When State Secrets Aren't State Secrets

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In the words of ACLU attorney Ben Wizner, a lead counsel on behalf of the five detainees suing Jeppesen Dataplan, President Obama now "owns the state secrets privilege." 

Wizner is correct. Remember precisely what it is that the government wants the 9th circuit to decide: that the U.S. government can dismiss any federal or civil case before it reaches the phase of discovery simply because the government asserts that the national security interests of the United States would be compromised if the case proceeds.

That's the same expansive state secrets privilege that presidents for 50 years have enjoyed -- but it's precisely the privilege that Obama, not two months ago, expressed an anxiety about: "I actually think that the state secret doctrine should be modified. I think right now it's over-broad."  Obama did not elaborate. During the presidential campaign, he criticized the use of the privilege as a justiciability doctrine to dismiss entire cases, rather than as an evidentiary doctrine, used to prevent the disclosure of highly-sensitive pieces of evidence.

Why is Obama hardening up his position?  If the privilege in weakened, it exposes the government to perpetual liability resulting from the mistakes of the past eight years. It would, in all likelihood, lead to a slew of civil cases brought by detainees against the government, cases that would require the government to litigate the practices of the past eight years. It would also lead to criminal cases. Obama has made it plain that he would rather focus his energies on reforming American judicial institutions rather than using the existing institutions to hold the Bush administration legally accountable for their policy decisions.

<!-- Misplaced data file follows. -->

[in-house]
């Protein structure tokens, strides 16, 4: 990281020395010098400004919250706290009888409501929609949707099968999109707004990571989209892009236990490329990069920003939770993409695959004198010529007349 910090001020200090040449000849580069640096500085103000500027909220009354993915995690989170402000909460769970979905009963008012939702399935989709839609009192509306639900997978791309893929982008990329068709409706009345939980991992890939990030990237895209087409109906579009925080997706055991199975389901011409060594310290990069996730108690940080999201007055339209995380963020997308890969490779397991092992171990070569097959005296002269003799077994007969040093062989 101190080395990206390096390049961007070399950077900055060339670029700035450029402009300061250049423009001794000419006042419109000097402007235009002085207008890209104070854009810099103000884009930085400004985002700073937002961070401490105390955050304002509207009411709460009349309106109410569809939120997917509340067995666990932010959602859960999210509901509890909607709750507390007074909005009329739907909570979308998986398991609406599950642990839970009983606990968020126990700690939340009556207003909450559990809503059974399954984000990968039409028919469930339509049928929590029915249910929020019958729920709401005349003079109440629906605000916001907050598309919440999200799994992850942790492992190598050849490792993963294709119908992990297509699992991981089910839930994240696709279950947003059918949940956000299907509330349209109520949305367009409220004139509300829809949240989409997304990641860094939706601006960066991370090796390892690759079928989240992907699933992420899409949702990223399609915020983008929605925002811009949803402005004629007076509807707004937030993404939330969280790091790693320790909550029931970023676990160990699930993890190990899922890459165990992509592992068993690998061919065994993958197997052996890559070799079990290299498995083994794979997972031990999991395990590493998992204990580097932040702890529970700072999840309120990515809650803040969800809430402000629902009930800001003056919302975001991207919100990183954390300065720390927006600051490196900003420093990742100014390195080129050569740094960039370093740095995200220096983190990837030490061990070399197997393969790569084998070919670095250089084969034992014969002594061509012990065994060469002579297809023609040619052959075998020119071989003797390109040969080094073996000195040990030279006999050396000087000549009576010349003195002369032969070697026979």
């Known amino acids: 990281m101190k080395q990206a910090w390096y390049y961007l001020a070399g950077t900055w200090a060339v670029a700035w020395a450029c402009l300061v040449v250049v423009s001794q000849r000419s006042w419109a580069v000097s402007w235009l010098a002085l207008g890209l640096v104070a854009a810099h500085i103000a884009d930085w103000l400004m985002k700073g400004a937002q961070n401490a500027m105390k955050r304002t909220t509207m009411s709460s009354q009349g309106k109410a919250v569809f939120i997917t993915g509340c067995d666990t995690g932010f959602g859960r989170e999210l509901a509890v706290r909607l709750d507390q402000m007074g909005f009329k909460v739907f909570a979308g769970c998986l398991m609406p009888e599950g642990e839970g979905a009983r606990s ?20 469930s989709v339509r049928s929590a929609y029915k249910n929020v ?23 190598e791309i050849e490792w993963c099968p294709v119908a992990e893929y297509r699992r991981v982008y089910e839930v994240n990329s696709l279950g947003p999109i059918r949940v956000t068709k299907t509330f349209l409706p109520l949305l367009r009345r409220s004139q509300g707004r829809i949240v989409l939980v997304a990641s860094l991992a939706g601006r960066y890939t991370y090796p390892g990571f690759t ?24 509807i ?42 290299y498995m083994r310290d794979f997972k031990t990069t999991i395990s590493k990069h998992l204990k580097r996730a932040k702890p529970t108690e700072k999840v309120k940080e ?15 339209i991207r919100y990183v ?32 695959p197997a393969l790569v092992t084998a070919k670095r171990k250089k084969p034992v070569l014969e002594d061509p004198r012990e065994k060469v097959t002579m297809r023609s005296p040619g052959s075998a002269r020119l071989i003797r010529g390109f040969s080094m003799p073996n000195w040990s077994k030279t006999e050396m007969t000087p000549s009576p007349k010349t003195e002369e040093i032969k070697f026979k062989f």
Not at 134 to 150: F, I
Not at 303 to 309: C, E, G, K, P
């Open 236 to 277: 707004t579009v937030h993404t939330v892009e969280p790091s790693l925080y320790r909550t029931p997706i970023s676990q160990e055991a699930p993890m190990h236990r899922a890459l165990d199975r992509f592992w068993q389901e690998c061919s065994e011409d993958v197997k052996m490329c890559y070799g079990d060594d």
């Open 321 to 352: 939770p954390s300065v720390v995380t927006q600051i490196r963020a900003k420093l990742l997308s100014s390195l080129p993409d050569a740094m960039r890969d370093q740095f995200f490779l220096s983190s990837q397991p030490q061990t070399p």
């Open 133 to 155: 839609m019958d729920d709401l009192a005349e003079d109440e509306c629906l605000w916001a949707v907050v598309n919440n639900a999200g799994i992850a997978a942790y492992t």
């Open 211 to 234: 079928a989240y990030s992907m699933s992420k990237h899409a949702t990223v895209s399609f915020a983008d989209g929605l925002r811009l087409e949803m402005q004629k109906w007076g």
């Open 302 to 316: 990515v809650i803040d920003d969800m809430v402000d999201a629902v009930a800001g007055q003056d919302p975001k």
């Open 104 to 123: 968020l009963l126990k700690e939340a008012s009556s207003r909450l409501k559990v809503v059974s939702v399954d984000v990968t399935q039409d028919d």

The result is that many detainees who were tortured will be denied civil recompense. It does not overstate the case to observe that the full extension of the privilege would classify an entire category of Americans as being above the law. 

There is a larger push-and-pull at work. Does accountability require an actual struggle with the consequences of inheriting the mistakes of the past eight years? Or is accountability bound up in the changes in policies and law that Obama has proposed? What's the proper balance between these two competing claims to accountability?

I think that the Obama administration fears a Supreme Court battle over the state secrets privilege. It would undoubtedly be the signature case of the next term, one that would provoke an international uproar and a revolt from the president's base.  The conflict would be reduced to a sentence: will tortured detainees get justice?  I think that they hope that the 9th circuit will uphold the doctrine in a way that precludes an effective Supreme Court challenge from the plaintiffs. I think they are buying time until they can figure out a way to accept congressional legislation aimed at limiting the privilege.

So -- this case isn't really about secrecy. We know the secrets here -- they're contained in the testimony of the detainees and in numerous, repeatedly verified media accounts. If the case was really about secrecy, then the administration would be, in effect, contending that every secret is a real secret unless the administration acknowledges that it isn't. Jeppesen is a poor case to base a state secrets assertion on because so much is already known. It is the weakest of the several state secrets cases in the court system. And for that reason, the administration feels compelled to defend it.
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Marc Ambinder is an Atlantic contributing editor. He is also a senior contributor at Defense One, a contributing editor at GQ, and a regular contributor at The Week.

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